Caracas, Venezuela — Venezuela's state owned PDVSA has 677,000 b/d of crude available to sell for February, but no buyers because of US sanctions, according to a company official.
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"The climbing of US sanctions against the Nicolas Maduro government alienated the few clients that were still daring to enter Venezuelan ports," said a PDVSA official, who spoke on condition of anonymity.
"For February, there is 661,000 b/d of crude that has no takers. Also, PVDSA is offering to pay debts with crude to creditors but there are no interested parties," the official added.
PDVSA has offered deep price discounts for its crude, and flexible loading windows of more than 30 days, the official said.
The volume available for sale represents 80% of the 850,000 b/d total crude production estimated by PDVSA for February, according to the monthly production plan obtained by S&P Global Platts.
Production rose to a one-year high of 820,000 b/d in January, according to the latest S&P Global Platts survey of OPEC output. Late last year, PDVSA signed a deal with some companies to help restore its oil output in fields located in the Orinoco Belt.
"But for lacking buyers, the Venezuelan state oil company could be forced to reduce its output in the next few months," the official said.
The US has been considering sanctions on Russian state oil company Rosneft as it continues to receive Venezuelan crude as debt repayment and sell it to China and India buyers, a senior Trump administration official said in early February.
According to the PDVSA official, 502,000 b/d of Merey crude is available for February, 40,000 b/d of Boscan, 23,000 b/d of Laguana and 17,000 b/d of Bachaquero. Another 95,000 b/d of Special Hamaca Blend (SHB) is also available. SHB is produced by the PDVSA/Chevron Petropiar joint venture.
"Those unsold barrels represent for PDVSA one month's revenue of approximately $800 million, given that prices fluctuate between $40 and $41 per barrel for Boscan, Laguna and Bachaquero and $45 per barrel for Merey 16 crudes and SHB," the official said.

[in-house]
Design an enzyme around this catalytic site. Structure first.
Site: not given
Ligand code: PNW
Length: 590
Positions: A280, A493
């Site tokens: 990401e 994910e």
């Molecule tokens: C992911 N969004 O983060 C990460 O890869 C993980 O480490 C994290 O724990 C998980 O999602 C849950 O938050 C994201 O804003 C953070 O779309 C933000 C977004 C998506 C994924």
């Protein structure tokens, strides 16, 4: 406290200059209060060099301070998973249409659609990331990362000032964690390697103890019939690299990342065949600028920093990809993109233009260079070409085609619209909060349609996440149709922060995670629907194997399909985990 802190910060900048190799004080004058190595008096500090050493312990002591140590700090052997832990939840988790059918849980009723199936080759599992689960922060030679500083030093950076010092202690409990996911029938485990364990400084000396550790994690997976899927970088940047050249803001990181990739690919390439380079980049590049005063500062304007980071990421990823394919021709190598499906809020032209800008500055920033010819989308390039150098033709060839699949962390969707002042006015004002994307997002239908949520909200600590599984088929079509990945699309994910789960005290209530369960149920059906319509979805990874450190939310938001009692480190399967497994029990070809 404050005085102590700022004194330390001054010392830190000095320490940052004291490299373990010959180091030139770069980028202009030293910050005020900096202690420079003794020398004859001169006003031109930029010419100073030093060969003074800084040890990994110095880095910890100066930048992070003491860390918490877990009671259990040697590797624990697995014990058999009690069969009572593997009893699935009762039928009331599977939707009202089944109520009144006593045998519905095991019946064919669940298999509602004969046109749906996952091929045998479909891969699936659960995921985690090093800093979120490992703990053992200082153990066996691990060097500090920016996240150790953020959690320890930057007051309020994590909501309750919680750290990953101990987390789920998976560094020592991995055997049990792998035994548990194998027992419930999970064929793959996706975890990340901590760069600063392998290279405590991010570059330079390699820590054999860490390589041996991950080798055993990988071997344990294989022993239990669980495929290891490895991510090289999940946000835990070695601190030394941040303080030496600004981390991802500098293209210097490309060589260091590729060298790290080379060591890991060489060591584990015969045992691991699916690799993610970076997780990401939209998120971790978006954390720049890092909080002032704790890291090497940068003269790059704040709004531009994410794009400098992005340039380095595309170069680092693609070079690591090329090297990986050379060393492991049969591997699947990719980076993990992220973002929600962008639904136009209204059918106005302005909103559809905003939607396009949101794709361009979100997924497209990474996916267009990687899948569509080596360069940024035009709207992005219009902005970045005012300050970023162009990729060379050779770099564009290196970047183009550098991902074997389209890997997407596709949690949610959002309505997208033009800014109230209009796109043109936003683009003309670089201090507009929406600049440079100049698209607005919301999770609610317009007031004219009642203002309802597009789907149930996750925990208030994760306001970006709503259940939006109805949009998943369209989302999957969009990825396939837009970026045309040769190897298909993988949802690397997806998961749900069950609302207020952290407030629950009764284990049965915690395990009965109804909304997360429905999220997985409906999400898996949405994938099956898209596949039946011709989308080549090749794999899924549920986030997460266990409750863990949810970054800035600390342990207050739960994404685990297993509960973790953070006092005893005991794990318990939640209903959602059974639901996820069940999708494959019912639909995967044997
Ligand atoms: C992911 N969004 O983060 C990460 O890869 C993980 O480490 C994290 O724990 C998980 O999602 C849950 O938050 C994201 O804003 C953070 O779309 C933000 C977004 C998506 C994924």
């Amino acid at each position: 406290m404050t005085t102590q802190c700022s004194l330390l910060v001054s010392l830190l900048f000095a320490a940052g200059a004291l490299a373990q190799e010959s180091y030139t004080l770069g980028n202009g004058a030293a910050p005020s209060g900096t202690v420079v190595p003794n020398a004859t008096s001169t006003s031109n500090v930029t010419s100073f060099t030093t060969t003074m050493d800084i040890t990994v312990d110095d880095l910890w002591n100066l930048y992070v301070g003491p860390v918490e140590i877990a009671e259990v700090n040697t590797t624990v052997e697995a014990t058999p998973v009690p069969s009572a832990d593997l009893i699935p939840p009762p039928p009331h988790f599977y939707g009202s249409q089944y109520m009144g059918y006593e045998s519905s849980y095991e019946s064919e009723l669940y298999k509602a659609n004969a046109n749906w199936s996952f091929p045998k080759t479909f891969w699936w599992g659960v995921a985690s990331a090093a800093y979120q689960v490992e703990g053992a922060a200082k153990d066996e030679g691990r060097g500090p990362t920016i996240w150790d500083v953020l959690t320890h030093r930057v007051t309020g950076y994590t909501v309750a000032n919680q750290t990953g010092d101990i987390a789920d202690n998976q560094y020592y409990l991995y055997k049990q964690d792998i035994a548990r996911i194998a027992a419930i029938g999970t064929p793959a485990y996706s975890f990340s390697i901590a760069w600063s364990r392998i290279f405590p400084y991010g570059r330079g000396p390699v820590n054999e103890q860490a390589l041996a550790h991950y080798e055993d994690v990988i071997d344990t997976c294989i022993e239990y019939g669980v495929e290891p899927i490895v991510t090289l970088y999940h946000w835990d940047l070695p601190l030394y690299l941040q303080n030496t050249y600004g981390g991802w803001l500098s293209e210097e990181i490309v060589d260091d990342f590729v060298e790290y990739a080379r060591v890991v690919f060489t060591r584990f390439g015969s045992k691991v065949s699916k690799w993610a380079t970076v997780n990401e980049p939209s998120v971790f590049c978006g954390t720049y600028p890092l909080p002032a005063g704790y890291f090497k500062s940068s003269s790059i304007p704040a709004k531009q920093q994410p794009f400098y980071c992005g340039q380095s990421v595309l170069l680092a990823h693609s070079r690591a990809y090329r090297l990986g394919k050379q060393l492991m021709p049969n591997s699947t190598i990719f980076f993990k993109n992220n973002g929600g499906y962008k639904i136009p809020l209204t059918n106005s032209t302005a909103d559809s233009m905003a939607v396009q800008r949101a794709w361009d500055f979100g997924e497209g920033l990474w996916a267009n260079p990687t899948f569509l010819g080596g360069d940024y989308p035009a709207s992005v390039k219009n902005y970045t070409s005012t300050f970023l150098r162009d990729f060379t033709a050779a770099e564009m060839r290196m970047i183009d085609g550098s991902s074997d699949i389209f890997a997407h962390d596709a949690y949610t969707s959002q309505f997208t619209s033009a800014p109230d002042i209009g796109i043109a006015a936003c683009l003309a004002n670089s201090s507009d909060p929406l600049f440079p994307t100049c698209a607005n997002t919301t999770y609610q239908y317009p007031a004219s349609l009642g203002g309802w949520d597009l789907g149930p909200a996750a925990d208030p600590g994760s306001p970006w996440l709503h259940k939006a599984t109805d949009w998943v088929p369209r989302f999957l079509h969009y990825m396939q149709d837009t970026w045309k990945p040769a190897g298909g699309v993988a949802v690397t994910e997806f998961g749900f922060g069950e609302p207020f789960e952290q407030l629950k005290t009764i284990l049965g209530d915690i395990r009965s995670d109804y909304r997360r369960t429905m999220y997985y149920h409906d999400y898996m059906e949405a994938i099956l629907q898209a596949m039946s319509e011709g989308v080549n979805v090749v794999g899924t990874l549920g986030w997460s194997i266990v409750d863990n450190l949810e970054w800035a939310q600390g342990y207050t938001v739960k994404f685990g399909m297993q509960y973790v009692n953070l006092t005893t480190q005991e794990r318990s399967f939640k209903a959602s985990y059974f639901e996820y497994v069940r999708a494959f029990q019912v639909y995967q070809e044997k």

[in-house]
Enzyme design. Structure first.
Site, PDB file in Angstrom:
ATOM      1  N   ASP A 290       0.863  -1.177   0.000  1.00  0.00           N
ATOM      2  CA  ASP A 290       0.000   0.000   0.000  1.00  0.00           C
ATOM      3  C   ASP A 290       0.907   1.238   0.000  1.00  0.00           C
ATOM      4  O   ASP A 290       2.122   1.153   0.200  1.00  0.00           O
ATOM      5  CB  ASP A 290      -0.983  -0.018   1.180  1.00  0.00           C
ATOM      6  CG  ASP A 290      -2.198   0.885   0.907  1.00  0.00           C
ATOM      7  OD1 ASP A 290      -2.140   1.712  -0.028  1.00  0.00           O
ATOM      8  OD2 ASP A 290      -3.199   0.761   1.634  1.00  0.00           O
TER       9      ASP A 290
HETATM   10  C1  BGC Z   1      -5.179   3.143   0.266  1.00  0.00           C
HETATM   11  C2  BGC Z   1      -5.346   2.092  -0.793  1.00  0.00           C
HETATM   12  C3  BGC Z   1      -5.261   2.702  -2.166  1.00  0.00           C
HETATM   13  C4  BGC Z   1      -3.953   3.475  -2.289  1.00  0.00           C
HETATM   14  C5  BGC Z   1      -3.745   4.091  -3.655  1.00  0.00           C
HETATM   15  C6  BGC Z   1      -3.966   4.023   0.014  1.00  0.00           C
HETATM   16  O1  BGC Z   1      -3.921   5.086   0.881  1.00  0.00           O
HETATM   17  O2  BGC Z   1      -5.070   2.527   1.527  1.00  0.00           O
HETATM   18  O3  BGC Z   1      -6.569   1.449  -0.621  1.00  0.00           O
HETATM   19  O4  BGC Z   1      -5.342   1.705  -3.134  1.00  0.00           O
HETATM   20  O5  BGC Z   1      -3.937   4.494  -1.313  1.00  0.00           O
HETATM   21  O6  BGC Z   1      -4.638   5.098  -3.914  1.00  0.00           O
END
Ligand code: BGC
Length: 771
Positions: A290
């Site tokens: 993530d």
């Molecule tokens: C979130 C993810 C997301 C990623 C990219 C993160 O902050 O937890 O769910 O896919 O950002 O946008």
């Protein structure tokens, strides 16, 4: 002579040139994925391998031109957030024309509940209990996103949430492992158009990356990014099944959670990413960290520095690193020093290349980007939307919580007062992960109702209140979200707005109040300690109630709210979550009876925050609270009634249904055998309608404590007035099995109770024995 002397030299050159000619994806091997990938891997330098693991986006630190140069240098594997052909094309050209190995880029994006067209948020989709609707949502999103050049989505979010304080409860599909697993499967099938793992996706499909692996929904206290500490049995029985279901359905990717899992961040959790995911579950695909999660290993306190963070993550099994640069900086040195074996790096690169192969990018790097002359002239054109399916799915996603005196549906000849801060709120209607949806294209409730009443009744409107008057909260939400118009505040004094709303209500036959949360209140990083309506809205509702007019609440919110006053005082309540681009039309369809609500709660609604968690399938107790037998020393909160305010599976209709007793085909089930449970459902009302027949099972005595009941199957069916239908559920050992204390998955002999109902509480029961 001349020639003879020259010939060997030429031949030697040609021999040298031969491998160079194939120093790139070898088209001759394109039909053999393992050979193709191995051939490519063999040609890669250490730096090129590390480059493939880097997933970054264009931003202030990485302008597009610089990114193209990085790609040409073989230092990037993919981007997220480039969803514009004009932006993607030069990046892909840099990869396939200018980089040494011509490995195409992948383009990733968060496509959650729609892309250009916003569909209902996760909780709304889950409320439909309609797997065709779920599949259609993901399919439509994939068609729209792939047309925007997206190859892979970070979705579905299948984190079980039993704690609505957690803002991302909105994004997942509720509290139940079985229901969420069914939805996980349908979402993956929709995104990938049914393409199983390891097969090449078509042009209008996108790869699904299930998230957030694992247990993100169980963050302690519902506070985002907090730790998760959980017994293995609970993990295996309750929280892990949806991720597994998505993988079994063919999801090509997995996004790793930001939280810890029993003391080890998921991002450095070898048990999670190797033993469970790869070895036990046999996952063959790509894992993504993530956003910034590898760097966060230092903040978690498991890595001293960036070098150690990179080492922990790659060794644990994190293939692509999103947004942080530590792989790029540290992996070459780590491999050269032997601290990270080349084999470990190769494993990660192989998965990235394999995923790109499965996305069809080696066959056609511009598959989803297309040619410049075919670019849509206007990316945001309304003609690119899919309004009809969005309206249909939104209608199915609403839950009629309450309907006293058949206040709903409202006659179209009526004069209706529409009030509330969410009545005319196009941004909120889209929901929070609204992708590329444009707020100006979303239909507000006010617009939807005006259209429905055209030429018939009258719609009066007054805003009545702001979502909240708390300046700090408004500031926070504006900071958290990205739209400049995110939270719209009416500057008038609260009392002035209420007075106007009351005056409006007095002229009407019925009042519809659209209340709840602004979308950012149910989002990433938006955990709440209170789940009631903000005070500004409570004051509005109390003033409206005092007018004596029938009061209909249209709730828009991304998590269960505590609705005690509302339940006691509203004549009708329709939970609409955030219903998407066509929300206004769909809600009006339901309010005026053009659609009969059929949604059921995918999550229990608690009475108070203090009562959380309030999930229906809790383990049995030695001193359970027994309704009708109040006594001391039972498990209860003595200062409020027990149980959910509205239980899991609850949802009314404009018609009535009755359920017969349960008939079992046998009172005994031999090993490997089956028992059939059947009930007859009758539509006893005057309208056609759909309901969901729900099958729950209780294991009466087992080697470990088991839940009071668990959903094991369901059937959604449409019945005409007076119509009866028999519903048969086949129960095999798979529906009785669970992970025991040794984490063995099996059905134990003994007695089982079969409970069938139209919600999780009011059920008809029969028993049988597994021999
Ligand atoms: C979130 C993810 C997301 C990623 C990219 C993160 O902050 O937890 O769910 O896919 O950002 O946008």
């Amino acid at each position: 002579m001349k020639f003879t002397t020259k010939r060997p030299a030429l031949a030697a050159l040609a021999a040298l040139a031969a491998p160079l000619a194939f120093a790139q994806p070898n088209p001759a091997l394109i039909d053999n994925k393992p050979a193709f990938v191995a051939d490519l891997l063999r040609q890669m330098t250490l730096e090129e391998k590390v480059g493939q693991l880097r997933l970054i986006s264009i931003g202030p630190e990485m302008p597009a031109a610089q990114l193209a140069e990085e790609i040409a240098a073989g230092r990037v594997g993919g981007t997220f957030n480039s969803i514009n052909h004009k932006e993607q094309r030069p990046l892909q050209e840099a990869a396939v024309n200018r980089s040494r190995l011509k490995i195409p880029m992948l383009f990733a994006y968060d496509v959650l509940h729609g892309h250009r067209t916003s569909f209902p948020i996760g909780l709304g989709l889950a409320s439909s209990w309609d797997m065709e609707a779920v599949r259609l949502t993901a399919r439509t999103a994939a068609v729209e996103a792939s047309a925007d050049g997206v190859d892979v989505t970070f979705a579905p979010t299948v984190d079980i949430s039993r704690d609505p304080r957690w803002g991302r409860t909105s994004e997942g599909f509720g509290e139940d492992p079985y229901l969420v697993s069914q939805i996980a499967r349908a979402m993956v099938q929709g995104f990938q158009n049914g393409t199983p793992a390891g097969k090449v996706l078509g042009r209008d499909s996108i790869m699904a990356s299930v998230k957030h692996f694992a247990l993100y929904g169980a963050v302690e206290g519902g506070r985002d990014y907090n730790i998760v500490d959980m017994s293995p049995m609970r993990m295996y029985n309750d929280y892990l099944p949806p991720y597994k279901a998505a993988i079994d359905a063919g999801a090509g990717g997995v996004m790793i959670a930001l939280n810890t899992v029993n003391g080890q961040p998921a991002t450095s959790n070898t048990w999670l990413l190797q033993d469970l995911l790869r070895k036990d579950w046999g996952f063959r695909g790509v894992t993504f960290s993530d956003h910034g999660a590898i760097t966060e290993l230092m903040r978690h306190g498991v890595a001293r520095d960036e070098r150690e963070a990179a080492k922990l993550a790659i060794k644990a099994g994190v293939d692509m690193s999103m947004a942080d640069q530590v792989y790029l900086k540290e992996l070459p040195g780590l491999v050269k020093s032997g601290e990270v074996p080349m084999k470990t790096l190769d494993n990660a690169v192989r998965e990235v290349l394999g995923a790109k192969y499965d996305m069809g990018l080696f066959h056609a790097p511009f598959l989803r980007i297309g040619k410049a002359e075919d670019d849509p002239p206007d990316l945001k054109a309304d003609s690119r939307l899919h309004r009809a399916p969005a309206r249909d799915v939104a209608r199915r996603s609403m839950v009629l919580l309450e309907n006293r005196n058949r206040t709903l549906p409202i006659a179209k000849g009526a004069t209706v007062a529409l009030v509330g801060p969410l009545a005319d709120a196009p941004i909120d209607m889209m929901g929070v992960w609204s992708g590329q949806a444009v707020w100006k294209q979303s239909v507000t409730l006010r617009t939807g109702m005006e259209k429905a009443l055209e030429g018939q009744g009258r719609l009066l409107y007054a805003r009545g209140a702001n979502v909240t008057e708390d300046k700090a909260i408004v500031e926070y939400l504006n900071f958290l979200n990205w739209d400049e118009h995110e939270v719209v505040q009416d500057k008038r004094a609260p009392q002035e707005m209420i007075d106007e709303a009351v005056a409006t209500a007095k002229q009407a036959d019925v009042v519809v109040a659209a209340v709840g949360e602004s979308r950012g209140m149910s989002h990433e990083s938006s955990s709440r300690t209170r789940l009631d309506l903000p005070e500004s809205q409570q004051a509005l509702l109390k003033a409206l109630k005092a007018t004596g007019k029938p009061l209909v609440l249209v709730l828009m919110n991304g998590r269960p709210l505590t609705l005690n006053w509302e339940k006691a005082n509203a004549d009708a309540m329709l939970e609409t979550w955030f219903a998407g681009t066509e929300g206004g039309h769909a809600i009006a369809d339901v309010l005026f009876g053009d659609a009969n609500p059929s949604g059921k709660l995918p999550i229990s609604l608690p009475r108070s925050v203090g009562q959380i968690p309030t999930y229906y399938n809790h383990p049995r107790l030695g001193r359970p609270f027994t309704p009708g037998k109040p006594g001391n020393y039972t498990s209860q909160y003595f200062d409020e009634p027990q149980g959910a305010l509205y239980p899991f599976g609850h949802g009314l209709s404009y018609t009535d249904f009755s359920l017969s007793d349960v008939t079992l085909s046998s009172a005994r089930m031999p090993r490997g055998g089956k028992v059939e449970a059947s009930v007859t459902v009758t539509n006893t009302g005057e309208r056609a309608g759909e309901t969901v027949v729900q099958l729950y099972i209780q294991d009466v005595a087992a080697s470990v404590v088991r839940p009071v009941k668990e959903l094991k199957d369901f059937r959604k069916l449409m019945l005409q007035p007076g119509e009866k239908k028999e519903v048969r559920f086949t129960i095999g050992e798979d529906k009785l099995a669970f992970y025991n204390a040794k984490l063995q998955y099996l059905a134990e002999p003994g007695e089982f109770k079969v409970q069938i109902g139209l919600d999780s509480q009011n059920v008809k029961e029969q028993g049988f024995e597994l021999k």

"The available crude is being offered to the international market in direct negotiations, because there are no companies interested in participating in tenders. Additionally, the trade, supply and logistics committee, [which] gives the go-ahead to negotiations, has suspended indefinitely its activities because there are no cases to review," the official said .
There was no information available regarding the scheduled deliveries of crude to Rosneft as payment for loans. Previously signed contracts with Rosneft stipulated deliveries of 162,000 b/d of crude this year by PDVSA to meet debt obligations
IMPORTS OF REFINED PRODUCTS
PDVSA has scheduled several shipments of refined products needed to supply its domestic markets, a necessity created by the deterioration of its national refining system.
For February, PDVSA is scheduled to receive a shipment of 250,000 barrels of ultra low sulfur diesel (ULSD) from Italy-based ENI. This shipment was negotiated at Platts Mediterranean 10 ppm ULSD plus $50/mt, according to a PDVSA report.
Between February and March, India-based Reliance has agreed to supply PDVSA with 260,000 barrels of ULSD and 260,000 barrels of diesel. The ULSD was traded at ICE gasoil futures plus $124-132/mt, while the diesel was sold at ICE gasoil plus $111-118/mt.
The PDVSA report also listed as suppliers of refined products Miami-based J&D Oilfield International, a global aviation service company, Sahara Energy International, and Rosneft.
None of the companies could be reached for comment.
J&D Oilfield International has agreed to deliver 500,000 barrels of 92-RON gasoline, while Sahara Energy has agreed to deliver 240,000 barrels of 0.5% sulfur diesel from Singapore.
Rosneft has agreed to deliver 240,000 barrels of 0.5% sulfur diesel, the report showed.
PDVSA's 645,000 b/d Amuay plant is the only operating Venezuelan refinery, but at just 20.2% of its capacity.